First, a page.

• Also, if you can spend 5 IPCs to destabilize another country, you’ve just essentially added a game mechanic for letting the Germans send Lenin back to Russia…



  • @ossel:

    @BJCard:

    @Clyde85:

    @BJCard:

    If you guys can get 8 country turns in under an hour, then either you aren’t thinking that far ahead or you guys are much faster than me

    I think that’s the crux of the matter right there. We do think many turns ahead, but were doing it during the other players turns so that when our turn comes around we can just go. Also, I don’t know about you, but I usually have a battle plan mapped out before I go into a game based on my prior analysis of all possible moves, and reactions to possible enemy counter moves.

    I agree with you on principle, especially if it is 1v1, but when you go to 2v2 or 3v3 games, things change fairly suddenly- you may have planned on that British Incursion to the Med, but after Germany got great dice or France decided to buy fleet instead of infantry, you may have to rethink.  A lot of times side conversations start to happen during someone else’s turn (you are waiting a while for your turn to come up after all), prolonging the game as well.  Even if you know you plan before your turn, it takes some time to move units, roll dice, and place units.  I suppose you could be fairly efficient at that and be under ten minutes, but not much- especially if there are more than one attack.

    I think, all planning and sidebars aside, the fact that there’s only one movement phase, only one round per combat, and dice on the battleboard instead of moving units, is going to shorten things dramatically. I don’t see it taking much longer than 10-20 mins per player turn.

    I agree- 10-20 min per player turn.  There is potential for EIGHT player turns… looking at an hour per game ‘round,’ therefore US entry in the FOURTH hour of gameplay.  Granted, after the first round, many rounds will be much shorter, but not a whole lot.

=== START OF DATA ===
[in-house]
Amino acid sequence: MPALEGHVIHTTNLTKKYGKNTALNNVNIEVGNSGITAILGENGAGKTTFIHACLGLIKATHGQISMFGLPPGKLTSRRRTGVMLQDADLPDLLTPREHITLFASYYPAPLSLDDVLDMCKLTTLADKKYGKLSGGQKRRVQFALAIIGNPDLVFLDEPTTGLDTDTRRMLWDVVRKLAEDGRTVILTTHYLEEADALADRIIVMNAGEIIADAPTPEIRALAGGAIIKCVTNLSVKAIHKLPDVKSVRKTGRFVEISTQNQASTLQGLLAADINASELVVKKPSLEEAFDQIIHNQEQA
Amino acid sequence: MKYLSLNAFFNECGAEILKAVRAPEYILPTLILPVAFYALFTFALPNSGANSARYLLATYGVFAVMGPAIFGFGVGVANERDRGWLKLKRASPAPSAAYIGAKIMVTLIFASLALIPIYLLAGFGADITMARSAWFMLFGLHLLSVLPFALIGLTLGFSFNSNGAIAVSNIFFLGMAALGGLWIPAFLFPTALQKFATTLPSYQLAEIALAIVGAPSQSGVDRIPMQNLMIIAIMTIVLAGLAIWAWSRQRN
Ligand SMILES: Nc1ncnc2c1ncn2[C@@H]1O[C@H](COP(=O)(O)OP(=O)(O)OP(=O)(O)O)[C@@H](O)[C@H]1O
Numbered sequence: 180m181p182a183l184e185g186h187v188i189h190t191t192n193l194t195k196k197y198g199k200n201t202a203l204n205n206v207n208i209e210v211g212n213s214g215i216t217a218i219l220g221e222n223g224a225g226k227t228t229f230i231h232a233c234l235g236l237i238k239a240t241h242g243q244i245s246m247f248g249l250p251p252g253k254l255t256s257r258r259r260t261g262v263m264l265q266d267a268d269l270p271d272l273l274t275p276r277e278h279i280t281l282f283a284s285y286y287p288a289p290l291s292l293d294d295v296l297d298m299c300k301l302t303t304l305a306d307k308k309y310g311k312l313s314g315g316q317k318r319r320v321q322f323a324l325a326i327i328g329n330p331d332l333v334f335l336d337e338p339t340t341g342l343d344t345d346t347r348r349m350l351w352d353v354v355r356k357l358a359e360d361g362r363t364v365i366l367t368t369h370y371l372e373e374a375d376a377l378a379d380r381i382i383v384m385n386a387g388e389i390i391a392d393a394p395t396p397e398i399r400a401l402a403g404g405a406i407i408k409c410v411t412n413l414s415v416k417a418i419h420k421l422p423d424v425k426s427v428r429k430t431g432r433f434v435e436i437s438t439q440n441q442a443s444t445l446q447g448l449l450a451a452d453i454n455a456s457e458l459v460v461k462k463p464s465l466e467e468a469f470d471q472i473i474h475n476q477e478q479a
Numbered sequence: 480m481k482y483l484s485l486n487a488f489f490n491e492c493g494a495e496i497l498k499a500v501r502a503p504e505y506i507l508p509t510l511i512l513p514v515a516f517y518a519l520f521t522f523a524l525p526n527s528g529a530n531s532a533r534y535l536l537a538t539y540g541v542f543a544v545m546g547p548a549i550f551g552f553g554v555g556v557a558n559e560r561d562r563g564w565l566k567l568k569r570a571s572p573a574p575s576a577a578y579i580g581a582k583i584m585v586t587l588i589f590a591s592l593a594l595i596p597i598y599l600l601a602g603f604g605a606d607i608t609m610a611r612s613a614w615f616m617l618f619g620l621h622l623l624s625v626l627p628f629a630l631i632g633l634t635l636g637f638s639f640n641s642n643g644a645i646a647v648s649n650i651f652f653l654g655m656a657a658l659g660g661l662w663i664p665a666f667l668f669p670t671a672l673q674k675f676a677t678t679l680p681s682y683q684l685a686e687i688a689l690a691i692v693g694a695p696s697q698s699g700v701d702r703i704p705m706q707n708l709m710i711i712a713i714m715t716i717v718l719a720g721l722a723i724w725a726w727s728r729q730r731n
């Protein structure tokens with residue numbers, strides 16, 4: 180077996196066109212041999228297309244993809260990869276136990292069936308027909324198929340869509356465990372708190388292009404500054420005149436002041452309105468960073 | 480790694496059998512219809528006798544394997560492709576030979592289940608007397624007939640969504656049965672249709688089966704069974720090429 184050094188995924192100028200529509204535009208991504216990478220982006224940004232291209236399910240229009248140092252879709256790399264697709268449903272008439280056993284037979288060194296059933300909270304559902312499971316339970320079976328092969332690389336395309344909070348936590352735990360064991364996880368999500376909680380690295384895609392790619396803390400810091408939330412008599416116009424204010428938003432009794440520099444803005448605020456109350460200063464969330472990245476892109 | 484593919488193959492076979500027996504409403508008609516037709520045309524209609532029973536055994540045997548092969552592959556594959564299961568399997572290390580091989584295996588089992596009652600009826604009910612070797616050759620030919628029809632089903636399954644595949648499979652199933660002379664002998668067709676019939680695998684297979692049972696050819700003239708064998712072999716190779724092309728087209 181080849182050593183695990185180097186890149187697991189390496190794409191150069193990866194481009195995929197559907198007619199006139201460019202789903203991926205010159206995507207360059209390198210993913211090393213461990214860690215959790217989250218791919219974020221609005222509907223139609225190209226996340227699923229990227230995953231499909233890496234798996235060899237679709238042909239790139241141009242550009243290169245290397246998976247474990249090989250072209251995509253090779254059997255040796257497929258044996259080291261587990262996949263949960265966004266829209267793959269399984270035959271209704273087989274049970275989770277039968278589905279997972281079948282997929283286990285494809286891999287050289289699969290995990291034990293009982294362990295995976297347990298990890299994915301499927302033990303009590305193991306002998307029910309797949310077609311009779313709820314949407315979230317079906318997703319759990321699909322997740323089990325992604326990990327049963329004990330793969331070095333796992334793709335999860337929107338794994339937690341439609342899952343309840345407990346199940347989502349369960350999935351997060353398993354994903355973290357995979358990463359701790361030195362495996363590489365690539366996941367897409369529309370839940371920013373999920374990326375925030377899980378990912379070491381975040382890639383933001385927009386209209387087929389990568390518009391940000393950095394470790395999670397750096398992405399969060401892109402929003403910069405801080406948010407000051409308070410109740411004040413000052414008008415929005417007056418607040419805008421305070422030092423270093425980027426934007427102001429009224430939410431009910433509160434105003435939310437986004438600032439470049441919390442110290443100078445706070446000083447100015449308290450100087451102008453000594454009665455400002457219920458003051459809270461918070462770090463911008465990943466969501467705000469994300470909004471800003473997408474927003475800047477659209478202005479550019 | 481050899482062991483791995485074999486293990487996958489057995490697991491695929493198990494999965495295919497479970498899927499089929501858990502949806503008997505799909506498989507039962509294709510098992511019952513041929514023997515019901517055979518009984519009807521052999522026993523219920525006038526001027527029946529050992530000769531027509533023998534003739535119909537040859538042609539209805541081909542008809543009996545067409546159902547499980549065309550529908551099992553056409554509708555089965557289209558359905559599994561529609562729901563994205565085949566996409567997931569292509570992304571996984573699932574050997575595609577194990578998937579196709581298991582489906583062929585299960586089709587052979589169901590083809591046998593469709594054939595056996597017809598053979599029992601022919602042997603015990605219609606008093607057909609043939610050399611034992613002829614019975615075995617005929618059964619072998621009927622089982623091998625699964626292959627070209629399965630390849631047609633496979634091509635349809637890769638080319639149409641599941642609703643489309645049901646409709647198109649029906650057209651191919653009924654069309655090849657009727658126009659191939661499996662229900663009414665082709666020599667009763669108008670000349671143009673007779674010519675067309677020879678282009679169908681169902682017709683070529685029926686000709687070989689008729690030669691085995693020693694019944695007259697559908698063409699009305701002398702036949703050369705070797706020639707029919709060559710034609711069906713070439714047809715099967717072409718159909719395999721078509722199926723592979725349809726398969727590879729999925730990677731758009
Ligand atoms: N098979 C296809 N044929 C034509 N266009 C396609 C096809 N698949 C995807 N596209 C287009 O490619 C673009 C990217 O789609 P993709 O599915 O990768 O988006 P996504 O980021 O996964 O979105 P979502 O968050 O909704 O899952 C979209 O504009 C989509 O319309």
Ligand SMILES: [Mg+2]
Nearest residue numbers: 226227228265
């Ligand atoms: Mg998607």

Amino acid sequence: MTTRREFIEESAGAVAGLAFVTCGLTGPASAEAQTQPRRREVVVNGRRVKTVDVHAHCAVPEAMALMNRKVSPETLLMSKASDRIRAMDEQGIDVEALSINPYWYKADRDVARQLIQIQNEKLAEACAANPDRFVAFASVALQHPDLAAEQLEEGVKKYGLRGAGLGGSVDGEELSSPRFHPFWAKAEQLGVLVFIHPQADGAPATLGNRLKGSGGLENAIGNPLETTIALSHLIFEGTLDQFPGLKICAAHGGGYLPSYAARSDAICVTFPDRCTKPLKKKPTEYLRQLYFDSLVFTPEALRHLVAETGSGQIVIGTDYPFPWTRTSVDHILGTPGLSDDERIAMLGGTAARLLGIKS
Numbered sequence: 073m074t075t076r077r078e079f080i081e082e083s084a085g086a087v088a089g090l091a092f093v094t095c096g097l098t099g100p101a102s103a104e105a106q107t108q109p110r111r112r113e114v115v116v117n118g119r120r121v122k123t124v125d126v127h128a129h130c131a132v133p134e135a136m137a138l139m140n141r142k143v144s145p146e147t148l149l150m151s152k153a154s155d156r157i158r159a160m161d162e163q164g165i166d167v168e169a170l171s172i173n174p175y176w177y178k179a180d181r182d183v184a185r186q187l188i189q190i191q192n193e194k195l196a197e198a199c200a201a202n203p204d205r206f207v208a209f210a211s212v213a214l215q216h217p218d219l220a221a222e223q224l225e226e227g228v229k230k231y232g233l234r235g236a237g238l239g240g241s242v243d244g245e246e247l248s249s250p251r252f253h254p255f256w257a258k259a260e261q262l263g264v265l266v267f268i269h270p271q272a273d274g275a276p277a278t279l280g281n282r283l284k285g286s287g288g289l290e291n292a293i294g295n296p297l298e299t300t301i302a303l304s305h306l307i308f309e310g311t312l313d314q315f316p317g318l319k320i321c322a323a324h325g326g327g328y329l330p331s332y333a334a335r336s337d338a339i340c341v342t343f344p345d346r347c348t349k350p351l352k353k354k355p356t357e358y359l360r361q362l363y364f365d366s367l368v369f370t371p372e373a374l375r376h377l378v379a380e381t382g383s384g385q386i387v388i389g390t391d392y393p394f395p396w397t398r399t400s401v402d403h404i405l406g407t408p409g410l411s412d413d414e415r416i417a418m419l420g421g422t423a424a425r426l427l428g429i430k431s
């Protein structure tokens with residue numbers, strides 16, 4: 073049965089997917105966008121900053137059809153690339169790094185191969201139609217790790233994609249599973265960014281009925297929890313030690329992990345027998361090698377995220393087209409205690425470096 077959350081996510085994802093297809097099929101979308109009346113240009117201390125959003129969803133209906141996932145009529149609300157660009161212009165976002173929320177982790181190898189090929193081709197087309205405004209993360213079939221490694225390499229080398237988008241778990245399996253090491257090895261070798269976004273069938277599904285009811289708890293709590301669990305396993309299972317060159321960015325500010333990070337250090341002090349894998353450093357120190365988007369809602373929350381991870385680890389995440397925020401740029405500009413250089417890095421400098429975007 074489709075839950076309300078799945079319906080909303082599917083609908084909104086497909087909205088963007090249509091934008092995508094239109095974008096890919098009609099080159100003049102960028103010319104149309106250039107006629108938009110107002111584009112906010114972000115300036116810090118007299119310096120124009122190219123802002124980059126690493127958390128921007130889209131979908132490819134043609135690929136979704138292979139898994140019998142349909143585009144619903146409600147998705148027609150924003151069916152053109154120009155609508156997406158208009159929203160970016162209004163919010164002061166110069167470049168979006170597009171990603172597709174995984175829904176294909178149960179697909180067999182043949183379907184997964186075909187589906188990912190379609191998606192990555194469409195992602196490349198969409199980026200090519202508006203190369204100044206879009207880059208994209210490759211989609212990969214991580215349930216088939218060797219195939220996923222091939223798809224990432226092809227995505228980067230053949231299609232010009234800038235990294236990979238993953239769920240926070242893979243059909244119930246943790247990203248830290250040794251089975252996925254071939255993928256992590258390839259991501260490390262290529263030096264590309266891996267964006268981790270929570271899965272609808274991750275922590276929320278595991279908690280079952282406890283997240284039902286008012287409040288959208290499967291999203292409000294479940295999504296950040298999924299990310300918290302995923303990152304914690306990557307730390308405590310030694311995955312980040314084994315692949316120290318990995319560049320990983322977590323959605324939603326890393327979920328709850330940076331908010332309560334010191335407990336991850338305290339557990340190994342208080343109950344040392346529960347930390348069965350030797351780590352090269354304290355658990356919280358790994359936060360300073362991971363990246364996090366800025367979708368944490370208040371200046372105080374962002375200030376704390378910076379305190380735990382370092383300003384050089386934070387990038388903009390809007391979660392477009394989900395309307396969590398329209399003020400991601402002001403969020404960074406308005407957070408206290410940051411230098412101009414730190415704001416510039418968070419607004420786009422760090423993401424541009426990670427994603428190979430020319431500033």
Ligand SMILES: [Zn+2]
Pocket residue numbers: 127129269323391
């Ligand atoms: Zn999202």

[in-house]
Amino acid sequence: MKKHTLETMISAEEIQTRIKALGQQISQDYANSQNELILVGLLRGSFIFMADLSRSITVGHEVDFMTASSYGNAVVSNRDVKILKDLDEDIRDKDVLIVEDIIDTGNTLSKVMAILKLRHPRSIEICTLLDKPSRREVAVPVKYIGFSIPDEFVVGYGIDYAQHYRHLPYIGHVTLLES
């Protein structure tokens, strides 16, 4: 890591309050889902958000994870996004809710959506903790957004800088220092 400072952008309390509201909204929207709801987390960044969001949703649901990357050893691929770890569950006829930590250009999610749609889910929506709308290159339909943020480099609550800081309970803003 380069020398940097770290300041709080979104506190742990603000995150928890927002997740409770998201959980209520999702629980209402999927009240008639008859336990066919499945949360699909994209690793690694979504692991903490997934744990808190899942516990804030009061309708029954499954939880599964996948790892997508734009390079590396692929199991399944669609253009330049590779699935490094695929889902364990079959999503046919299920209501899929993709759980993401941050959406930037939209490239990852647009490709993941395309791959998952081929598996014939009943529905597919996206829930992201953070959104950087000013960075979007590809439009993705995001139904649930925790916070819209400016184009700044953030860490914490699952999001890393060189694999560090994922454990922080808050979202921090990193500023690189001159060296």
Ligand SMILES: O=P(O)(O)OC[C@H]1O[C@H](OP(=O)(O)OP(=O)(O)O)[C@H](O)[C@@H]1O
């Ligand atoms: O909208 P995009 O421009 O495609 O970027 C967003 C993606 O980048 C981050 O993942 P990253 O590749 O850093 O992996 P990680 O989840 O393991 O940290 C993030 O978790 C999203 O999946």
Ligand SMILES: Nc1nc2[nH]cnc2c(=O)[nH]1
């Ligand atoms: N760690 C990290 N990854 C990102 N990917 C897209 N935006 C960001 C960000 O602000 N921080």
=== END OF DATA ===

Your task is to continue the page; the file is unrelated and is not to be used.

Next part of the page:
One round of combat will take longer than other A&A games (at least for a while until we get proficient at them), gotta match dice up in their boxes and units have special abilities not known before- tanks, planes, etc.



  • There was massiv Desertion late in this war. To simulate that you should be allowed to buy propaganda flyer (maybe after turn 4) for 5 IPC and take 1 enemyinfantry away from the frontzone were you dropped your flyers via plane in representation of the desertion.



  • @Chacmool:

    There was massiv Desertion late in this war. To simulate that you should be allowed to buy propaganda flyer (maybe after turn 4) for 5 IPC and take 1 enemyinfantry away from the frontzone were you dropped your flyers via plane in representation of the desertion.

    5 IPCs seem like a heck of a lot for the enemy to only lose one infantry unit.



  • @Suvorov:

    Also, if you can spend 5 IPCs to destabilize another country, you’ve just essentially added a game mechanic for letting the Germans send Lenin back to Russia…

    In 1914 Lenin was in Suisse so you should start sending him within first round because without rails he will be in Petrograd in the mid 20s  :lol:



  • @BJCard:

    @Chacmool:

    There was massiv Desertion late in this war. To simulate that you should be allowed to buy propaganda flyer (maybe after turn 4) for 5 IPC and take 1 enemyinfantry away from the frontzone were you dropped your flyers via plane in representation of the desertion.

    5 IPCs seem like a heck of a lot for the enemy to only lose one infantry unit.Â

    I don´t know how much it should finally cost to do that. Have to try it in game first.
    Just think about to weak the enemyfront where you want it is a strong might.
    But you shouldn´t be allowed to buy more than one “propaganda” per turn otherwise spending 25 ipcs on it could
    get you an full conquerd zone without fighting.



  • You probably shouldn’t be able to take out the last unit in a territory by propoganda…